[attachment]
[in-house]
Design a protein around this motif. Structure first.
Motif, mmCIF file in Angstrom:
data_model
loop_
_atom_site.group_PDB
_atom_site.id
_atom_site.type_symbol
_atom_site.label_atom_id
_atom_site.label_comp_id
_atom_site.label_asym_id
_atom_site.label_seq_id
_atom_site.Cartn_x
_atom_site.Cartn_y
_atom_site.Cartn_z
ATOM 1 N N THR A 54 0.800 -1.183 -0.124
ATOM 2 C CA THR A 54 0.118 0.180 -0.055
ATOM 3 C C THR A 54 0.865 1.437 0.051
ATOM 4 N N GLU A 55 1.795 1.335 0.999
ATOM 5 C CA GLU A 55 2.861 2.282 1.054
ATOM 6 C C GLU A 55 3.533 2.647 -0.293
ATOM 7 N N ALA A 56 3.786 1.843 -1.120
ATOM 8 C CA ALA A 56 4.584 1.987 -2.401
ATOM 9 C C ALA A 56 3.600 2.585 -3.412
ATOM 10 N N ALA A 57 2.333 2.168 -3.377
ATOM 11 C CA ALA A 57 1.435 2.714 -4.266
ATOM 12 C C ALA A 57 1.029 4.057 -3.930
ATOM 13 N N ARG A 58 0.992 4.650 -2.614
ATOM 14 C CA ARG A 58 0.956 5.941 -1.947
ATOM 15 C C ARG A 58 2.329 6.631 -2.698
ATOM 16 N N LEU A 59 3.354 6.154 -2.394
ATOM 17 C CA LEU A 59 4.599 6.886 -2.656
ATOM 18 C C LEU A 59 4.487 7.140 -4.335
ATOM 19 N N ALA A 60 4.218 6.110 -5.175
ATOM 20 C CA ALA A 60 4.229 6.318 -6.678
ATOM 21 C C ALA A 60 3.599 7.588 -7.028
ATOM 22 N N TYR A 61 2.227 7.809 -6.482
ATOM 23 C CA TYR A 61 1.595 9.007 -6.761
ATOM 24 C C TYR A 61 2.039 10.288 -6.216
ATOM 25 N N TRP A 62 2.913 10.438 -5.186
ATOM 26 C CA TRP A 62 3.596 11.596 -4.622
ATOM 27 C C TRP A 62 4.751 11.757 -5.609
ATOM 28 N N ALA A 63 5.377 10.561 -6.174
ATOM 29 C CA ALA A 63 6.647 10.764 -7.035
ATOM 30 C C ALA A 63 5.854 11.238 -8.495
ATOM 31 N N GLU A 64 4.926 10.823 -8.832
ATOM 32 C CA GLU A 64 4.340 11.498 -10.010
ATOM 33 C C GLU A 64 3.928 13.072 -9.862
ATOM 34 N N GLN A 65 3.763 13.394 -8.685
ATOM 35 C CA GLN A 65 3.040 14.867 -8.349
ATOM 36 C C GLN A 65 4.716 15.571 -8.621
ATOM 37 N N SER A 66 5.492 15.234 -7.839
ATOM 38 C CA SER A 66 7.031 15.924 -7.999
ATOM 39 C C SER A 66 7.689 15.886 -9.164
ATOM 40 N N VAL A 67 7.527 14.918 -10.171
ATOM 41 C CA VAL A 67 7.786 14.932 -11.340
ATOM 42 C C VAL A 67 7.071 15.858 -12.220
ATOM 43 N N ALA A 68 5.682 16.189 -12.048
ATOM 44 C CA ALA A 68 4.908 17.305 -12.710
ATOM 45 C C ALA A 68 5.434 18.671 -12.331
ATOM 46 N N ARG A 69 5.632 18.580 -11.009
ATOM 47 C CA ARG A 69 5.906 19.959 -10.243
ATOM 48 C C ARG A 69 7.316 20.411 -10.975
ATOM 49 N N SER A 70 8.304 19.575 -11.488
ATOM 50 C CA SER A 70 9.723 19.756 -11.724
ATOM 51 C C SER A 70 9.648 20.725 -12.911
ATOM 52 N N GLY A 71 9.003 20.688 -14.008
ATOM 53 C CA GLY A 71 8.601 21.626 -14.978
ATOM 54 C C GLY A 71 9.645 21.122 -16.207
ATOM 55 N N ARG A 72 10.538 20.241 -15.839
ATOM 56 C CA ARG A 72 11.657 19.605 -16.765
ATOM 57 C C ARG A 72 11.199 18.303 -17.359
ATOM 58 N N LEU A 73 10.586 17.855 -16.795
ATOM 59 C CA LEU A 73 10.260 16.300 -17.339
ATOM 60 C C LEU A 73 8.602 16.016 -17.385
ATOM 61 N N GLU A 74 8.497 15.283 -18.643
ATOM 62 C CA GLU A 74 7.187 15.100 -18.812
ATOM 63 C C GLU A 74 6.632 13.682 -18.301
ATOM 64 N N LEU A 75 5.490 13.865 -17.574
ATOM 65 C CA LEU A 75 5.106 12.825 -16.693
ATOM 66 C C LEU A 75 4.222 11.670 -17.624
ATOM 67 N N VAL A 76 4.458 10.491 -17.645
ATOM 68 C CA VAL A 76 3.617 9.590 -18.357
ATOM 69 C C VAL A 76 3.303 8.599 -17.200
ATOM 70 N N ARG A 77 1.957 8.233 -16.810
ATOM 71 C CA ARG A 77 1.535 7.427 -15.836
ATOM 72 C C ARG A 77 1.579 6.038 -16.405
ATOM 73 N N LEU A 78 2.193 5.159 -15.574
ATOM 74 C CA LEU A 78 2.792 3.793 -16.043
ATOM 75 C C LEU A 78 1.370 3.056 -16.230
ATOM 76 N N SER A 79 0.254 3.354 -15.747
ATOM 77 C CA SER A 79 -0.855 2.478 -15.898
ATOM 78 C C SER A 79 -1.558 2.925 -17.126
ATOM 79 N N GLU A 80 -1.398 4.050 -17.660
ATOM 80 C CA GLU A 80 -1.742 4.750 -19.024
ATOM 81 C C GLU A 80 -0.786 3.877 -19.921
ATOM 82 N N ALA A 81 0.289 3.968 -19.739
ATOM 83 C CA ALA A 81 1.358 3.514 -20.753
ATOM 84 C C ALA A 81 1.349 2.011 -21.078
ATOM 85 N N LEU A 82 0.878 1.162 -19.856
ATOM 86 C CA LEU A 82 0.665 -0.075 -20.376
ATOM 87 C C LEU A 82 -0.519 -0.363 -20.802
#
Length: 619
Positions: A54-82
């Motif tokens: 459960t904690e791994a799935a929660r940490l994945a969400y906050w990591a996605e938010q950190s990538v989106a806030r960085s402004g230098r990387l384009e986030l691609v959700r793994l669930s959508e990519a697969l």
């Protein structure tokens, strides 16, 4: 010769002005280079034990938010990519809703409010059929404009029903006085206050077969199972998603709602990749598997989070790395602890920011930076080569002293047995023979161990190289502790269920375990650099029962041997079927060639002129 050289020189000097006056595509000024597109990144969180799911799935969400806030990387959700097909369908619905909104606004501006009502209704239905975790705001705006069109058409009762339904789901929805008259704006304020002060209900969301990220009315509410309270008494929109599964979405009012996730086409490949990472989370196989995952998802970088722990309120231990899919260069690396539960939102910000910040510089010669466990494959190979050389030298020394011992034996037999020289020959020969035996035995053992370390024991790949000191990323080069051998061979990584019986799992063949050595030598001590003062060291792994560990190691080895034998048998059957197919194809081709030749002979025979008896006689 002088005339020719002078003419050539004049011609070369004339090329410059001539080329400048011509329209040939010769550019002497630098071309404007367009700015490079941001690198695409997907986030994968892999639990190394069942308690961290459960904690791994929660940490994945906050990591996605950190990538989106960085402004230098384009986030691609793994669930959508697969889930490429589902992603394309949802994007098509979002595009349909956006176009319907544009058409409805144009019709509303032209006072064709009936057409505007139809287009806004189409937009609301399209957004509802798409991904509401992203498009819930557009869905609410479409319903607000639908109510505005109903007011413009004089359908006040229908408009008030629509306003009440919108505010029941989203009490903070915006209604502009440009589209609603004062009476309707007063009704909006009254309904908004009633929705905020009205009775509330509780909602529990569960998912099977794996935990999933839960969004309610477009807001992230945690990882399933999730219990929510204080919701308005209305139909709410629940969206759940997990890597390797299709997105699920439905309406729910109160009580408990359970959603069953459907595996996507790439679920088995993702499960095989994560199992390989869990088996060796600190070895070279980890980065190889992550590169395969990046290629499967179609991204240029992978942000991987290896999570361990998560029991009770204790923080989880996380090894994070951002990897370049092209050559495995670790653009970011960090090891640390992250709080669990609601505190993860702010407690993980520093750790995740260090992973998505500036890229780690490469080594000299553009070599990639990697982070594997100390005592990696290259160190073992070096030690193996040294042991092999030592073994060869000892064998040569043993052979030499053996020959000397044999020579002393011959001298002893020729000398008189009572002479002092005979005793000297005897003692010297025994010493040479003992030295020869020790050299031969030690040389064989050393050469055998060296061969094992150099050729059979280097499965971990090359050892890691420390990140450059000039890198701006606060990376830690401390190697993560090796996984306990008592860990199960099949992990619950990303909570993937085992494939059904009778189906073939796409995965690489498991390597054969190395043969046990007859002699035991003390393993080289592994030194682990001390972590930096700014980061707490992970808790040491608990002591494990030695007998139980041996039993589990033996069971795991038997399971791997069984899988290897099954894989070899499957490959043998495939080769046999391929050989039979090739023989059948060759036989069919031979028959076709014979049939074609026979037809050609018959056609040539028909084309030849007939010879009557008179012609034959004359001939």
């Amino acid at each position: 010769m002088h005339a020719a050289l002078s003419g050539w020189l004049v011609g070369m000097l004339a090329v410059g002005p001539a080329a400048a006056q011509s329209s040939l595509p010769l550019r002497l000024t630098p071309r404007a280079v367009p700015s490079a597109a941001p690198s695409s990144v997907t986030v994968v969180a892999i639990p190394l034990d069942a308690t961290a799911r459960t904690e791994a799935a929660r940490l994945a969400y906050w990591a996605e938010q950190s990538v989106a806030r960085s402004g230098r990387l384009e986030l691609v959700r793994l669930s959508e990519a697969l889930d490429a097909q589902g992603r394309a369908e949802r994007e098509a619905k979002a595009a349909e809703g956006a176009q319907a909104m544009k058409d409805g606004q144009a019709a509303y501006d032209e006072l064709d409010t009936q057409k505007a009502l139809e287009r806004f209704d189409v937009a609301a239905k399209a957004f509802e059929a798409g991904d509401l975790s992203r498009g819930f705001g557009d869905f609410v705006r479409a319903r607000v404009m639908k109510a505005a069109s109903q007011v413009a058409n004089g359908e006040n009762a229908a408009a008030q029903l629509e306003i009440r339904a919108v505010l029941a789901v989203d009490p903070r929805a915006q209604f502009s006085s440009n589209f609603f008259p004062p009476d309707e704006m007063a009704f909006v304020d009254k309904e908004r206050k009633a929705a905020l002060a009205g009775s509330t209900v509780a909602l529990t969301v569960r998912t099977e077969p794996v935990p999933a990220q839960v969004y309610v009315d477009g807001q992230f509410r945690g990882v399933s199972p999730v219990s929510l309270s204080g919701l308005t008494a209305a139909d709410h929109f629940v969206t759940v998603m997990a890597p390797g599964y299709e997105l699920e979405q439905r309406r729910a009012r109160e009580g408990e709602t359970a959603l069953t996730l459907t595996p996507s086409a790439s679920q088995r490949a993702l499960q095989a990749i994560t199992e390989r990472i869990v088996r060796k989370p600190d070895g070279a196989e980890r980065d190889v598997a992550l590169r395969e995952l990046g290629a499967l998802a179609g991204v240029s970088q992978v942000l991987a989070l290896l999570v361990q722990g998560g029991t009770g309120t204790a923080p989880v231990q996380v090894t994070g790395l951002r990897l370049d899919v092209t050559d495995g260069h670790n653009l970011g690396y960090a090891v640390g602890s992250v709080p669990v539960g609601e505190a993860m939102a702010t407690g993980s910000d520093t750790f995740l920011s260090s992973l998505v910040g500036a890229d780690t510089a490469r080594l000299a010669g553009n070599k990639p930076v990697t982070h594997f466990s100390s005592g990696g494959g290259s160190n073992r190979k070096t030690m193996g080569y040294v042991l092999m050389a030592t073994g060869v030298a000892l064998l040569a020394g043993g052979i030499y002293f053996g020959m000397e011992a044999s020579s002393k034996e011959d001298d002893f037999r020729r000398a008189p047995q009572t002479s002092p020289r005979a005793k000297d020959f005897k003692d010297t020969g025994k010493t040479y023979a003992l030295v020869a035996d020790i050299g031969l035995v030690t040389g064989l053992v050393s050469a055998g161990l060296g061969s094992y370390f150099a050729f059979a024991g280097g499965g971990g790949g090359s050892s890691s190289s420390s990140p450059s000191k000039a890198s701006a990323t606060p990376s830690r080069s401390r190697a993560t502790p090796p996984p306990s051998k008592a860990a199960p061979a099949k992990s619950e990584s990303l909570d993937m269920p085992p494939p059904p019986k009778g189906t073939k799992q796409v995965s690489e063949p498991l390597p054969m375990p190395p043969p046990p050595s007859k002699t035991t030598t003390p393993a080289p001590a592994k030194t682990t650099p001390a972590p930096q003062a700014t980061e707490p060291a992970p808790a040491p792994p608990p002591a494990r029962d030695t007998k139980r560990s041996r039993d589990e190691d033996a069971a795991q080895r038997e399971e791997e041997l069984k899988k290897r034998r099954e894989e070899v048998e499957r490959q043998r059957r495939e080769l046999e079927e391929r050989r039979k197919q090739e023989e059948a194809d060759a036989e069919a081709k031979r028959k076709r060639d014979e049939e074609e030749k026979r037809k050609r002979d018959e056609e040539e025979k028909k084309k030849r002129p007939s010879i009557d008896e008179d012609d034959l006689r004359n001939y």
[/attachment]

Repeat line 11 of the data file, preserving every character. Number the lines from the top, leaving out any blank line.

_atom_site.label_asym_id